We Have No Idea What’s Happened Before

I was reading the new Fenton Wood book last night (I recommend all of his books) and he referred to kids in the ’80s playing war games, with one side dressed up as Nazi soldiers and the other Americans as, “Something you could never do today”.

Then this morning a friend shared a screenshot of someone asking one of the AI tools to generate a picture of a soldier from 1932 Germany, to which it replied ‘no’, and explained that would be too sensitive.

I have no particular interest in Nazi soldiers or militaries in general, but I am fascinated by the concept of suppressing history.

Of course it’s a myth that history has ever been or could ever be some sort of complete and objective picture in the first place. Most things are simply forgotten. I saw a Tweet just the other day where someone was genuinely asking how anyone possibly bought airline tickets before the internet. They had zero knowledge or even ability to guess how humans performed a common task just a few decades ago.

Other things are suppressed by the controlling regime in secret or subtle ways. A little exclusion here, a little shift of focus there. That’s the more common way history gets re-written. Things that have been excluded are denied altogether and called myths, or severely downplayed in importance.

But to just say straight up, “We all know that happened. We all know it was real. We all know many facts about it. But we are not ever going to speak of it or represent it as it was again” is a bit startling.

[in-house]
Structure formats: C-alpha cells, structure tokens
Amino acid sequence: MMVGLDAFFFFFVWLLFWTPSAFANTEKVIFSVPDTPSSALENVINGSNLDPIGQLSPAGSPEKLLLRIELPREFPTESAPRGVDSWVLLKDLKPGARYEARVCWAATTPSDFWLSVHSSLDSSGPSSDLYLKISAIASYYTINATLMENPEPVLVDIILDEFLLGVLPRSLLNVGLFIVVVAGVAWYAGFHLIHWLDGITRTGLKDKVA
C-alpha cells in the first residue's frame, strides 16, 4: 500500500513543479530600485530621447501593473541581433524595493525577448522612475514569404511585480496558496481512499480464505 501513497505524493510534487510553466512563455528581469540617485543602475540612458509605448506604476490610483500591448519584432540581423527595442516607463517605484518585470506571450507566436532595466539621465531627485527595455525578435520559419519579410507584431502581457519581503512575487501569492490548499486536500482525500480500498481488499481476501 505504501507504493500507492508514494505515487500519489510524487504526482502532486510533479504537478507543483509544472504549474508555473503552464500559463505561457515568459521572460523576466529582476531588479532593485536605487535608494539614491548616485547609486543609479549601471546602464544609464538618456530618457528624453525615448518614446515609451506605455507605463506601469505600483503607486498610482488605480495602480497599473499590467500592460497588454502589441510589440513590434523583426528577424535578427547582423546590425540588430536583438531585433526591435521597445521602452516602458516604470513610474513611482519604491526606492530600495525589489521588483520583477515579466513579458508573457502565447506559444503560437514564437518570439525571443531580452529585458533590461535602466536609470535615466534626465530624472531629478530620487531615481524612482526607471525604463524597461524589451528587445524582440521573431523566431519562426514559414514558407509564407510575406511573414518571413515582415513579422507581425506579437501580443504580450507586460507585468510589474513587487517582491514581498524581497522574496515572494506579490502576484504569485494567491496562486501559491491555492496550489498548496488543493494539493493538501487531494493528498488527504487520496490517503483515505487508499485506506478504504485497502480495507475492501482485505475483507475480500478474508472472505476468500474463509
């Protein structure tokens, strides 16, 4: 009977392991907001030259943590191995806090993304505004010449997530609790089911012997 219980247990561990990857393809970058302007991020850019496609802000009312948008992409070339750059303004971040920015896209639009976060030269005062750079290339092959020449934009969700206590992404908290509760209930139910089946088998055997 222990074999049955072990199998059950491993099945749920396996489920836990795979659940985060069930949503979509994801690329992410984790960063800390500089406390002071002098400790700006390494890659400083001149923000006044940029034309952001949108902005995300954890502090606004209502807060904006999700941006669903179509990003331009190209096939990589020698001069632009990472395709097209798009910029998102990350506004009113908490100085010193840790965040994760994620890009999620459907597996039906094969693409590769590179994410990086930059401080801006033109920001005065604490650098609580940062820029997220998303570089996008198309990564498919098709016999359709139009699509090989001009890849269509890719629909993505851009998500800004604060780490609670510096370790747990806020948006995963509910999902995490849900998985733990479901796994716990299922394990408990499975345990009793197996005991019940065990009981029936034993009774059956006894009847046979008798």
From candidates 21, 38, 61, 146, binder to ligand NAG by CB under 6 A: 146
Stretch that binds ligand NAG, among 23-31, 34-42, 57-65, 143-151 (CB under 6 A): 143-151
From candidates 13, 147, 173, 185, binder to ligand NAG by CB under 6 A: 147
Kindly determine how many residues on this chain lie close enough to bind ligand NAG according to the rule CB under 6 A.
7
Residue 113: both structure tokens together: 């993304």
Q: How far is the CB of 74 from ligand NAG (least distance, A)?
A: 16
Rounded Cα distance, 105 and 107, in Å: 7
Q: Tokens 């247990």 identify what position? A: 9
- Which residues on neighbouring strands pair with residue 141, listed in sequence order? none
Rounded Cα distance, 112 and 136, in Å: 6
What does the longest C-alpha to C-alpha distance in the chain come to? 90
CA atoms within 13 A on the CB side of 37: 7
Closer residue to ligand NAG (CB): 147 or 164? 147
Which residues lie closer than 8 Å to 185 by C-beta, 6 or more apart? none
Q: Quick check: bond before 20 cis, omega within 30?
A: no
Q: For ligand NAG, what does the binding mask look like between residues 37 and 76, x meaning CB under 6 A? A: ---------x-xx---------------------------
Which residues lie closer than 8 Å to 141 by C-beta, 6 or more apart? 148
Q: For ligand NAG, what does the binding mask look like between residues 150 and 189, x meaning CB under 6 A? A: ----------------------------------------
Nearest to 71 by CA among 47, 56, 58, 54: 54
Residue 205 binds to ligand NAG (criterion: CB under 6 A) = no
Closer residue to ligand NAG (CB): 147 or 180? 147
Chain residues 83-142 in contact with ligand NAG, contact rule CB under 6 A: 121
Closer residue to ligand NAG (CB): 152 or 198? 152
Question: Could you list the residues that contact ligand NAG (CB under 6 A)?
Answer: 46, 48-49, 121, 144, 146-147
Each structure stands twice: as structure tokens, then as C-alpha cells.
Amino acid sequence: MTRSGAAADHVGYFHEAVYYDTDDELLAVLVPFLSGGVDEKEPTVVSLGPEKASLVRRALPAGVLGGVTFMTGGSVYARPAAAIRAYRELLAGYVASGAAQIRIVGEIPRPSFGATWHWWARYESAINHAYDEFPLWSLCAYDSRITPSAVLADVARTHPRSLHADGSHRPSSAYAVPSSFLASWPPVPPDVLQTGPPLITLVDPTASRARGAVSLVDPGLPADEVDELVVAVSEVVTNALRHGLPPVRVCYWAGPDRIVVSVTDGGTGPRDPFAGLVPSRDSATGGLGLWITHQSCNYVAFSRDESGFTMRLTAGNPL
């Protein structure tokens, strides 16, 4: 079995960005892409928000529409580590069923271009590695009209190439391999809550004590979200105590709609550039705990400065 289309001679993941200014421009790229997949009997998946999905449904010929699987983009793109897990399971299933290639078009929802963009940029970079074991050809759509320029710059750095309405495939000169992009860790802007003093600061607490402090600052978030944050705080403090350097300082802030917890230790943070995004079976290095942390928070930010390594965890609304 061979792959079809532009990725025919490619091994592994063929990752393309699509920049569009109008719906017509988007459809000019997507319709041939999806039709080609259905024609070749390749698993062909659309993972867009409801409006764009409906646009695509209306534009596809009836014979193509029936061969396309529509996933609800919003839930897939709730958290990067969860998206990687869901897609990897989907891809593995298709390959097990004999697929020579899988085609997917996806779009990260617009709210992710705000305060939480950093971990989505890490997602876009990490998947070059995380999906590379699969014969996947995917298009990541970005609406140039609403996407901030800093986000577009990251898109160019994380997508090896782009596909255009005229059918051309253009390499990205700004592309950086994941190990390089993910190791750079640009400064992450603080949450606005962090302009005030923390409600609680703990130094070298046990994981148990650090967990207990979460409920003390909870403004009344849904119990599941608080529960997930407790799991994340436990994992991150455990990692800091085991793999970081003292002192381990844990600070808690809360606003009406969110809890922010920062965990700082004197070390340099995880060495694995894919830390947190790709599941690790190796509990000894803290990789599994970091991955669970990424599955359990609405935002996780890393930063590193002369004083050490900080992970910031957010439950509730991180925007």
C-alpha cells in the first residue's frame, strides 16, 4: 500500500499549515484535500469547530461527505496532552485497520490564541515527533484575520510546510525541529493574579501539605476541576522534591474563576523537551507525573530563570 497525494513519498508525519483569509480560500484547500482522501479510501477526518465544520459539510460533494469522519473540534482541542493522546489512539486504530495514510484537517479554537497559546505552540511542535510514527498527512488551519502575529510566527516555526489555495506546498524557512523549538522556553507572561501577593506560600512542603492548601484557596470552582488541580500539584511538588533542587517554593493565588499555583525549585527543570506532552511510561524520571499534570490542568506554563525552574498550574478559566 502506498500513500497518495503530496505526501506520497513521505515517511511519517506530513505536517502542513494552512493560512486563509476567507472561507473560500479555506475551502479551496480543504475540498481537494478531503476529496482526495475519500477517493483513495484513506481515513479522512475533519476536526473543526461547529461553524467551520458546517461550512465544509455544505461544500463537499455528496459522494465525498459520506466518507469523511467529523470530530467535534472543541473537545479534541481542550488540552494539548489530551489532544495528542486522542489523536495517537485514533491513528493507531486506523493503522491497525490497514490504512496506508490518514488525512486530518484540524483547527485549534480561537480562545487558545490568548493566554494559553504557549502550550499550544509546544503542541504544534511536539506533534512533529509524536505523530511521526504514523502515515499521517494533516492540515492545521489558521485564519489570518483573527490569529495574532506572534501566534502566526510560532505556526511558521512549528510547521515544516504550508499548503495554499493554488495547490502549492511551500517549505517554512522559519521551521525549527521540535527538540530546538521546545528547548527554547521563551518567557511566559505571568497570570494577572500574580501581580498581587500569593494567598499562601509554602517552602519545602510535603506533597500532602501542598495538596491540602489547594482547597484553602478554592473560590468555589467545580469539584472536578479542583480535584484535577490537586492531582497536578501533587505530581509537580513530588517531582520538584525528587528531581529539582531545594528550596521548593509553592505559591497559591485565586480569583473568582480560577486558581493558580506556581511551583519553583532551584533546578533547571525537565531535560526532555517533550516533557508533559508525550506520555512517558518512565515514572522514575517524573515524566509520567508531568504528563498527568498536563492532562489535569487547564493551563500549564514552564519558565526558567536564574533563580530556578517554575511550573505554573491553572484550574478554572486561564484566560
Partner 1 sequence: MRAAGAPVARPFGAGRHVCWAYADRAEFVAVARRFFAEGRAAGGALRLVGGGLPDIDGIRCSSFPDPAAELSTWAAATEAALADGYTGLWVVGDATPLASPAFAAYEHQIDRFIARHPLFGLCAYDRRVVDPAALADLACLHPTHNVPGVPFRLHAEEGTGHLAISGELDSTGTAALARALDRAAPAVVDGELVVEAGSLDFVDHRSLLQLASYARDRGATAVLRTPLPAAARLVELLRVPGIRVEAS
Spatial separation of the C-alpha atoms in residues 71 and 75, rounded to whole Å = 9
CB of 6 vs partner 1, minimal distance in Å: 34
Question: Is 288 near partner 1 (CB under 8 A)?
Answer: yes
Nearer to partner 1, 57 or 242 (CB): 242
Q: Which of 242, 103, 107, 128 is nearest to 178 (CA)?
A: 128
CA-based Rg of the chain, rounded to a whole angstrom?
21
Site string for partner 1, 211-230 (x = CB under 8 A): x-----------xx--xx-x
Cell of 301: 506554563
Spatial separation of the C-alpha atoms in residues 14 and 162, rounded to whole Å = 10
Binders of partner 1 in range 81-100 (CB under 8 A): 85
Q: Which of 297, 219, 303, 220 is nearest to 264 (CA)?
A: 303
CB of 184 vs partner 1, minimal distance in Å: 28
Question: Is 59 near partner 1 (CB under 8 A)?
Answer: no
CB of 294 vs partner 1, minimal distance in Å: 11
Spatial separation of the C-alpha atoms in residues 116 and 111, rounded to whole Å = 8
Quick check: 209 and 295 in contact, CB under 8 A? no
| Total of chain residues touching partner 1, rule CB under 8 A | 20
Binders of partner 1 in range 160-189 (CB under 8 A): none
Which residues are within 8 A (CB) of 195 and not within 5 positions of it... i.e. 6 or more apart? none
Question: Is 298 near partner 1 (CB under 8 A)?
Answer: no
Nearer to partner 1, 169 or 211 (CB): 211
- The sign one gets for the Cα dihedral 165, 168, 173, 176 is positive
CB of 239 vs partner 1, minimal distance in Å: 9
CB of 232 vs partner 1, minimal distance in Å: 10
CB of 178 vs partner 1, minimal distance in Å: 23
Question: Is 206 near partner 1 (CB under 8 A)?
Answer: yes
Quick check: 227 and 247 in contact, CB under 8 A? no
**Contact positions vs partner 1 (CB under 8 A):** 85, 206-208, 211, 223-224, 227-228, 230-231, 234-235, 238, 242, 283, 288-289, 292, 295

People like to compare these developments to 1984, but in that story, they would at least try to convince you that they’d ‘always been at war with Eastasia’ when the rewrites happened. It’s different to admit there was a time of peace, but to disallow anyone to talk about it or share artifacts about it.

No, it has not gone that far. One AI tool refusing to render a picture of a German soldier is not a ban on discussion. But the principle behind it – we cannot depict this part of history because it’s offensive – is so broad and sweeping nearly anything could be justified in that way. And it’s contradictory too. Can anyone bad be depicted? Why and under what conditions? When does a person or epoch get considered bad enough to not be depictable?

It’s easy to get near universal agreement that Nazis are bad. But what happens with cases that are not so widely agreed upon? Majority rule? (Didn’t a majority in Germany vote in the Nazis?) A tyranny of experts?

Granted, as far as I know this instance is a privately owned AI company, which as far as I’m concerned can do whatever they like. The ideal way for these matters to be dealt with is freely by myriad individuals and companies in whatever way each deems best, and where the profit and loss signals of the market create a distribution of many solutions for many markets.

I hope that’s how things unfold. I fear they won’t. Not so much because I fear governments will prohibit more and more historical discussion and depiction, more because I fear the eventual reaction to private companies doing it. At some point, people will get fed up and demand laws to prohibit the prohibition, or some strongman to redefine what can be excluded.

I guess it’s oddly reassuring to know history has never been presented in it’s entirety and can’t be. Best is to be aware of this fact and know that it’s always skewed.